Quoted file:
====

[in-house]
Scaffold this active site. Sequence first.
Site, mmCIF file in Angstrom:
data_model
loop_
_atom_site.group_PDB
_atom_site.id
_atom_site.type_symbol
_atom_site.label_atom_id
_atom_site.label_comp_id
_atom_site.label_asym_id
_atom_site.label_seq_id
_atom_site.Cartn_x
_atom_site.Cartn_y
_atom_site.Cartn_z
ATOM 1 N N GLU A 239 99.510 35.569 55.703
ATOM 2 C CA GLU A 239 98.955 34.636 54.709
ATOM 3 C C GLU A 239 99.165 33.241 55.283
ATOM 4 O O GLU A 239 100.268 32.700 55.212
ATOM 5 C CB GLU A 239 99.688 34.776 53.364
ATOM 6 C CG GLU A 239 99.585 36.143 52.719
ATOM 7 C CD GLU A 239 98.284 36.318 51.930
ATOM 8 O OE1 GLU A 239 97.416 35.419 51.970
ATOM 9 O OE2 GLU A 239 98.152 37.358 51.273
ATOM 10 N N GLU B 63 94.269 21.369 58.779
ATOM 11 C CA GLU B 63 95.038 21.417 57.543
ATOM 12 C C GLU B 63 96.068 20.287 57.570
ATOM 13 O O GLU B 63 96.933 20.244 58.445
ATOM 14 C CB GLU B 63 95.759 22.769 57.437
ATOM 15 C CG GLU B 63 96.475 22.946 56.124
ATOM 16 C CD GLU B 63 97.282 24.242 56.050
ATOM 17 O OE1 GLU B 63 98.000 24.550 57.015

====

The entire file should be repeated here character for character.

[in-house]
Scaffold this active site. Sequence first.
Site, mmCIF file in Angstrom:
data_model
loop_
_atom_site.group_PDB
_atom_site.id
_atom_site.type_symbol
_atom_site.label_atom_id
_atom_site.label_comp_id
_atom_site.label_asym_id
_atom_site.label_seq_id
_atom_site.Cartn_x
_atom_site.Cartn_y
_atom_site.Cartn_z
ATOM 1 N N GLU A 239 99.510 35.569 55.703
ATOM 2 C CA GLU A 239 98.955 34.636 54.709
ATOM 3 C C GLU A 239 99.165 33.241 55.283
ATOM 4 O O GLU A 239 100.268 32.700 55.212
ATOM 5 C CB GLU A 239 99.688 34.776 53.364
ATOM 6 C CG GLU A 239 99.585 36.143 52.719
ATOM 7 C CD GLU A 239 98.284 36.318 51.930
ATOM 8 O OE1 GLU A 239 97.416 35.419 51.970
ATOM 9 O OE2 GLU A 239 98.152 37.358 51.273
ATOM 10 N N GLU B 63 94.269 21.369 58.779
ATOM 11 C CA GLU B 63 95.038 21.417 57.543
ATOM 12 C C GLU B 63 96.068 20.287 57.570
ATOM 13 O O GLU B 63 96.933 20.244 58.445
ATOM 14 C CB GLU B 63 95.759 22.769 57.437
ATOM 15 C CG GLU B 63 96.475 22.946 56.124
ATOM 16 C CD GLU B 63 97.282 24.242 56.050
ATOM 17 O OE1 GLU B 63 98.000 24.550 57.015